A Million Dollar View For Free! Camping in the Canary Islands

camping canary islands tamadaba

Free holiday accommodation on top of a mountain with spellbinding views of the Atlantic Ocean. There must be a catch, right? Well, only a minor one.

Spain’s Canary Islands have long been Europe’s year-round holiday playground. But venture beyond the heavily developed beachside resorts into the nearby mountainous interiors and you could be worlds away from the block-rocking beats of Playa del Ingles and Los Cristianos. We decided to do just that.

Our trip covered three of the seven islands – Gran Canaria, Tenerife and La Gomera. Partly for the adventure and partly to save money, we decided to balance the hotel and airbnb nights with bouts of camping.


We quickly realised that our initial idea of wild camping in the Canary Islands wasn’t a completely viable option. La Gomera and Tenerife prohibit it, while Gran Canaria allows limited wild camping in the forest subject to obtaining a permit (which only allows you to camp up to 24hrs at any one location).

However, the enforcement of the wild camping ban appears to be somewhat lax and, while not common, people do camp in the wild on the islands. One of these spots can be found along the ragged hills surrounding Playa Diego Hernandez, the rocky stretch between La Caleta and El Puertito in Tenerife. This hippie haven has a beautiful seaview and the (nudist) beach is great for swimming but finding even terrain for your tent can be a challenge.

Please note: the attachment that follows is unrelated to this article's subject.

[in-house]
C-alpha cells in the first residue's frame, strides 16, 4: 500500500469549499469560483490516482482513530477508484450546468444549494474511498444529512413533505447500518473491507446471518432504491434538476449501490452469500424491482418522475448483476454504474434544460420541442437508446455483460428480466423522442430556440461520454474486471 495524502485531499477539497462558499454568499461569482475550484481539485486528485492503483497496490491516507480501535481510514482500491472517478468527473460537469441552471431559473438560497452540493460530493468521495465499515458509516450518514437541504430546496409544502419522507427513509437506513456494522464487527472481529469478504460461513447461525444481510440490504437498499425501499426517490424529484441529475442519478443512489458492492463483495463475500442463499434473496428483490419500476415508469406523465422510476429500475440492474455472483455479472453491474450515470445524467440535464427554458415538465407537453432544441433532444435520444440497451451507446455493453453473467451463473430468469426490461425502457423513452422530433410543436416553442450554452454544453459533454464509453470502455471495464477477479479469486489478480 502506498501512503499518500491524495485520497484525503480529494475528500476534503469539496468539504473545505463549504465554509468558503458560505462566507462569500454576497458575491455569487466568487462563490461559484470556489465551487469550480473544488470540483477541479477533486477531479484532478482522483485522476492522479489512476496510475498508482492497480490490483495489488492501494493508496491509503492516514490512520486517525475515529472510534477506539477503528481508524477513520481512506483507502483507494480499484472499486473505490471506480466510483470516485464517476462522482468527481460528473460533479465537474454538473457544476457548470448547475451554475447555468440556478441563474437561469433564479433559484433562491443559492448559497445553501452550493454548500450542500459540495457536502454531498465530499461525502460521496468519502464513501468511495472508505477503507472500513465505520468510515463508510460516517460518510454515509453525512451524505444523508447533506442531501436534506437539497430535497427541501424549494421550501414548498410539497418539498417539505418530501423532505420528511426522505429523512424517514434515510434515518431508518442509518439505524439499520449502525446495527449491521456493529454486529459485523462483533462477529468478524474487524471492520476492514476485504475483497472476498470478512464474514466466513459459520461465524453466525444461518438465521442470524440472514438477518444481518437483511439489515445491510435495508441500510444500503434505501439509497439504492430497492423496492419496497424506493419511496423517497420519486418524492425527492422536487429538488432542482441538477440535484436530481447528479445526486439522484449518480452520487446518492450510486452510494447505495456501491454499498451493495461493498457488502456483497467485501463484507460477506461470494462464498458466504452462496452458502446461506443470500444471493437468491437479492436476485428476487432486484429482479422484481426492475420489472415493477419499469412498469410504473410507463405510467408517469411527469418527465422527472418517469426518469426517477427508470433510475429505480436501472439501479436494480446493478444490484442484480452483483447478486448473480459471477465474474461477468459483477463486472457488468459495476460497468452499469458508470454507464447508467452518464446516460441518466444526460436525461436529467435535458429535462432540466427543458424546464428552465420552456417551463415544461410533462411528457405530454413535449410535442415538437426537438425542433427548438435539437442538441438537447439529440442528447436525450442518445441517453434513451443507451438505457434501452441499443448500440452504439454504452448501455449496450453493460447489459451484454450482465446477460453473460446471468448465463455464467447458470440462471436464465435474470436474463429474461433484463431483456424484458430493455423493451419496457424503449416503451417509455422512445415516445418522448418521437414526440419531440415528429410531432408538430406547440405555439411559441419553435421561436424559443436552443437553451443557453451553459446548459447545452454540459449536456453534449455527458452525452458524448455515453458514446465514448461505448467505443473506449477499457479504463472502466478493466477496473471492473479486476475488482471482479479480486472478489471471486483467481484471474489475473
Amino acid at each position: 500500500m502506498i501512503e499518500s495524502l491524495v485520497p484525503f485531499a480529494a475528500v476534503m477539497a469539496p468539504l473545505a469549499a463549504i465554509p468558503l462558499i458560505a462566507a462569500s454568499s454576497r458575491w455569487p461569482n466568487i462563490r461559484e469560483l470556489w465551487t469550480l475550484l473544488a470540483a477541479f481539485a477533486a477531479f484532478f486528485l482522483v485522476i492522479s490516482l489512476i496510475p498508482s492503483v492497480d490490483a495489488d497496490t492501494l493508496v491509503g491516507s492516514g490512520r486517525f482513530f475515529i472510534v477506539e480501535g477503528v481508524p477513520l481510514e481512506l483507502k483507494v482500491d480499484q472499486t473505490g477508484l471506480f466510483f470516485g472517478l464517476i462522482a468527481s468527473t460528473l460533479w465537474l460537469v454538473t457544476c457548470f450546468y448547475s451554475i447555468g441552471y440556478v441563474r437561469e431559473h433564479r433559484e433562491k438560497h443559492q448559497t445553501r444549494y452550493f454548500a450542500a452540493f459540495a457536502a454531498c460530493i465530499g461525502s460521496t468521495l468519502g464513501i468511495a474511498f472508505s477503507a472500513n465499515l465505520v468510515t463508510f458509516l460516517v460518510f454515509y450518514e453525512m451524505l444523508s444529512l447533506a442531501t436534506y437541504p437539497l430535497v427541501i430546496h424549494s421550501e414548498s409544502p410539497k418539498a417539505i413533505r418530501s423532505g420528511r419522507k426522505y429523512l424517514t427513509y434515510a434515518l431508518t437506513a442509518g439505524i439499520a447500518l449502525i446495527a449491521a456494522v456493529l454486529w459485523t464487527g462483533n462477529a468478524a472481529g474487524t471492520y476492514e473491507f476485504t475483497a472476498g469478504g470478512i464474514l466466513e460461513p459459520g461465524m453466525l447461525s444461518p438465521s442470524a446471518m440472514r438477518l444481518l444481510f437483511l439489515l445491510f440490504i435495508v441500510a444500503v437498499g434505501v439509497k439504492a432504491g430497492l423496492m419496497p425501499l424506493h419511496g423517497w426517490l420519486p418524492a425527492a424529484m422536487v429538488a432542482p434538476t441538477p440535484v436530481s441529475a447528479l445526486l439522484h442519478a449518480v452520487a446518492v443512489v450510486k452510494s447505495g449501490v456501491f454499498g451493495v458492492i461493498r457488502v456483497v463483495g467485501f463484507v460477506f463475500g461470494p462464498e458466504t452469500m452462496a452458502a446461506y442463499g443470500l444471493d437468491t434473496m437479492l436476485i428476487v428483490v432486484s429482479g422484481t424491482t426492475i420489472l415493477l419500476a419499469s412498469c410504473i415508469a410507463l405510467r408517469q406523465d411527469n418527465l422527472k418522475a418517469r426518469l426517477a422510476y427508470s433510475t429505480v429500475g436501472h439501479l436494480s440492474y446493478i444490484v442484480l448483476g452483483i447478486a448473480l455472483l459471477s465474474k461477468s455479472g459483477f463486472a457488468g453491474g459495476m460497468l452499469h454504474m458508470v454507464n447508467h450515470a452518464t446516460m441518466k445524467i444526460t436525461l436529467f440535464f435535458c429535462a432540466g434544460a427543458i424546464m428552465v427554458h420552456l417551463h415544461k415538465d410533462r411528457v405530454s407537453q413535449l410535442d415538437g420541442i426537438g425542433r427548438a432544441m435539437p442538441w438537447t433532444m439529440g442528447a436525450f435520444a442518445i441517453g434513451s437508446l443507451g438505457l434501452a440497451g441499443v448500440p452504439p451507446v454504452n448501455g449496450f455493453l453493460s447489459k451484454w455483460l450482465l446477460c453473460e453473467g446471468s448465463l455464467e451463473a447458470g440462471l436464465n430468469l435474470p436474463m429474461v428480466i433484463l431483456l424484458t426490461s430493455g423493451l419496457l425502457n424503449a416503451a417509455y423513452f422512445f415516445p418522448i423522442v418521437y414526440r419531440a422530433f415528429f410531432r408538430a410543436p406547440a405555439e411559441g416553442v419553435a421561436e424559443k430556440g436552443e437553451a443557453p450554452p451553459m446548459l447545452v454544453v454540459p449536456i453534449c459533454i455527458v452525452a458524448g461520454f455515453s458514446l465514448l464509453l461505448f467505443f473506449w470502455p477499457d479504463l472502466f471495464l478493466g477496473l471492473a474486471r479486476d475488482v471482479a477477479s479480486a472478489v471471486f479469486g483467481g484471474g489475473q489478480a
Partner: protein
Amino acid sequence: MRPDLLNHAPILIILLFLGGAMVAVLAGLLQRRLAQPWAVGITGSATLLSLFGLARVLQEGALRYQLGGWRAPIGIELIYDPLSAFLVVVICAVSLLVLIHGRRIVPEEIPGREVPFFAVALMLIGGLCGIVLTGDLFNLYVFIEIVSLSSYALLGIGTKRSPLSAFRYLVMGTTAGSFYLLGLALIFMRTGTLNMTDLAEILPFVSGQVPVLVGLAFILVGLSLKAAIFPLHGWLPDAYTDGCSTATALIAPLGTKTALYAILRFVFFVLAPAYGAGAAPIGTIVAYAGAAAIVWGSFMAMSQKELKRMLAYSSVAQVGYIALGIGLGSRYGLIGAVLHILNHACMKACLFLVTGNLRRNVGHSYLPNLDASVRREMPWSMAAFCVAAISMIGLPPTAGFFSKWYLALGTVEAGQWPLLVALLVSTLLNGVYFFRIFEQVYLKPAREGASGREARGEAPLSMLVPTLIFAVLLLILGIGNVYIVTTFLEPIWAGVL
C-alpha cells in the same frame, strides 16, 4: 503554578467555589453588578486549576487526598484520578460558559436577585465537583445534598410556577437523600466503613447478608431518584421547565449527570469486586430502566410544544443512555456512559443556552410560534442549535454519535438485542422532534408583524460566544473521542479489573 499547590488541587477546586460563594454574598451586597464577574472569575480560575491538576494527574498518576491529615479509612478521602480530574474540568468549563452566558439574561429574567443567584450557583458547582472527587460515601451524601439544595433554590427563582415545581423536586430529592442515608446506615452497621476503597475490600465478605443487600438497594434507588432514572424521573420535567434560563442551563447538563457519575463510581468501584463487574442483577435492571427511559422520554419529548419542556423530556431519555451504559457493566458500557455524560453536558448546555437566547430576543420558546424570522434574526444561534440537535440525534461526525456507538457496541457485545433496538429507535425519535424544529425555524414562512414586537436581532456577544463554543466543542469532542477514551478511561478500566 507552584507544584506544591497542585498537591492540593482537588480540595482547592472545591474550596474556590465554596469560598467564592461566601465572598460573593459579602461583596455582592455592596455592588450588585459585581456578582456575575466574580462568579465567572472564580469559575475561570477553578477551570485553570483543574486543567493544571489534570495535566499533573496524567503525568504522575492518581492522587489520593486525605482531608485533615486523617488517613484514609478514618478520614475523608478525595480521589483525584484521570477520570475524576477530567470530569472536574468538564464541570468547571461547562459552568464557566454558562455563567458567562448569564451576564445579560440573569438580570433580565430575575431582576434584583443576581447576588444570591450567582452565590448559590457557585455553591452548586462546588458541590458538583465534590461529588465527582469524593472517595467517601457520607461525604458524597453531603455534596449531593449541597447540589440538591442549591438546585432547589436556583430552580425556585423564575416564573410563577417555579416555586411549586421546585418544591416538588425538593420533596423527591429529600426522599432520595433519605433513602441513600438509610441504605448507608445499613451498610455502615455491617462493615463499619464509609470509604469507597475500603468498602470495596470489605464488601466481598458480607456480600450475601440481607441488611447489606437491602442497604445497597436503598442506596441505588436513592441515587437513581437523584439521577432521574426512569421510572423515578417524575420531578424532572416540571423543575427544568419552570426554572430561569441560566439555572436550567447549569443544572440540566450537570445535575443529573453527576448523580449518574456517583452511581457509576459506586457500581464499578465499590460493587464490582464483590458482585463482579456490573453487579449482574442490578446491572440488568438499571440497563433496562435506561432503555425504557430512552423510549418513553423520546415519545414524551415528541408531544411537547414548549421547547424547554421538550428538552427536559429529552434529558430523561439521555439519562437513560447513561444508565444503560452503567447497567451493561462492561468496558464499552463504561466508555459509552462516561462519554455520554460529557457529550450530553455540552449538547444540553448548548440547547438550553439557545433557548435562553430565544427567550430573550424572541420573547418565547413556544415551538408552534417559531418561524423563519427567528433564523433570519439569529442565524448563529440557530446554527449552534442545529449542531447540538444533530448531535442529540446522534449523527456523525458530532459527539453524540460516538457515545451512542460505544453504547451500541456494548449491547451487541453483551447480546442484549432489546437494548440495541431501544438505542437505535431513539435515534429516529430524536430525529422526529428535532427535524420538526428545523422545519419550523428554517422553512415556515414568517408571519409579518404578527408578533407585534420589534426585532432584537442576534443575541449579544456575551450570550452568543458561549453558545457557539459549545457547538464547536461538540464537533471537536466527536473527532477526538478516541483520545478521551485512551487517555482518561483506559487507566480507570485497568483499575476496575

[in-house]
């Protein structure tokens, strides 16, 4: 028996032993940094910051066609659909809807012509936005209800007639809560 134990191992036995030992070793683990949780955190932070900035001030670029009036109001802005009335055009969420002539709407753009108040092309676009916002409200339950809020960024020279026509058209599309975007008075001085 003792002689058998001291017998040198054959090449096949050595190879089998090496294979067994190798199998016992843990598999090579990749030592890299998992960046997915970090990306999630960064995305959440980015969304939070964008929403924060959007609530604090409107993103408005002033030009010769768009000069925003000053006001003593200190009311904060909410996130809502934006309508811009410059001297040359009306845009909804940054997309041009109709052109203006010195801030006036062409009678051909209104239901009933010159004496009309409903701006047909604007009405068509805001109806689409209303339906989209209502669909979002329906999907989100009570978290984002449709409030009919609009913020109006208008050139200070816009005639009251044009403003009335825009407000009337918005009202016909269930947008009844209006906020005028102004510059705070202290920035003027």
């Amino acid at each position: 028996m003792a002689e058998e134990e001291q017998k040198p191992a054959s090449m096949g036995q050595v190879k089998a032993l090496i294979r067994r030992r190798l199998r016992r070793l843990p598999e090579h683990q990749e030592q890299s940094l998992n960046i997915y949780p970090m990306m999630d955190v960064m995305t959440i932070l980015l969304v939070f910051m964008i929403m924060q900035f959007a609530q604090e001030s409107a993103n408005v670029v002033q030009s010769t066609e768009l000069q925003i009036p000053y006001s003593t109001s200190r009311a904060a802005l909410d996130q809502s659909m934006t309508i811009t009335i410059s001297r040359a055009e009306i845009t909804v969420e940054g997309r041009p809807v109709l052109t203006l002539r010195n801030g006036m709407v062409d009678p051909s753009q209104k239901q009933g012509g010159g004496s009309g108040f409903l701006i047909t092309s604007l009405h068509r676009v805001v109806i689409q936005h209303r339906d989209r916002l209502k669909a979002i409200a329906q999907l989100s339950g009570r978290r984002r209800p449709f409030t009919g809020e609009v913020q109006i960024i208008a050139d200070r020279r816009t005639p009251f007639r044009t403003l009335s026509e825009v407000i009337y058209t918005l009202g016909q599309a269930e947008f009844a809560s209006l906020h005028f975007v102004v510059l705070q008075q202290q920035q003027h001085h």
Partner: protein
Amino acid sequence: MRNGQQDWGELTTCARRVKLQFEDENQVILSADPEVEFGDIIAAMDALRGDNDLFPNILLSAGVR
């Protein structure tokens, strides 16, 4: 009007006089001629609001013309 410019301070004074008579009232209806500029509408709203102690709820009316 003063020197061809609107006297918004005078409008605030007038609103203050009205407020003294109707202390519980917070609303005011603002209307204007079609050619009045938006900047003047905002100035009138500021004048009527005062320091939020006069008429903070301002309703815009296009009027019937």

Next we trawled the web for private campsites and, while a few of them do exist, they seemed pretty uninspiring on the whole. Undeterred, we continued our research and came across campsites set up by the local governments in Gran Canaria and Tenerife.

tejeda gran canaria canary islands

The mountainous interior of Gran Canaria offers some spectacular views. Photo: Urban Escapists

Zonas de acampada – State-run CampSITES

State-run campsites in the Canary Islands can be used free of charge but require an online registration. The permit in Tenerife needs to be ordered at least a week in advance, while the Gran Canarian officials require at least three days to process the permit and this needs to be collected in person.

The government websites for the permits come only in Spanish but we used Google Chrome’s nifty auto-translate tool to get over that hurdle with ease. As non-locals we couldn’t use the online login process for Tenerife, so we emailed the booking form instead and received our permit within days.

teide volcano tenerife canary islands

View of Mount Teide – a volcano in Tenerife, Gran Canaria. Photo: Urban Escapists


Tenerife has a total of 13 state-run campsites. We stayed at El Lagar, which is situated on the north side of the island close to Teide, the island’s iconic volcano. The facilities in all of the state-run campsites are fairly basic and El Lagar had toilets (very clean), cold-water showers and fire pits.

The drive to the campsite snaked up a long gravel road through pine forest. Along the way we passed a pair of hikers and a lone mountain cyclist but by the time we arrived at the campsite, we were surprised to discover that we had the whole place to ourselves.

The campsite was nestled between two wooded ridges and behind these was Mount Teide, looming majestically in the setting sun. As the light was already swiftly fading, we picked a spot for our tent and set up camp.

we had the whole campsite to ourselves

Camping alone in a remote campsite tends to evoke both a sense of exhilaration – a joy of being away from it all – as well as slight spookiness…at being away from it all!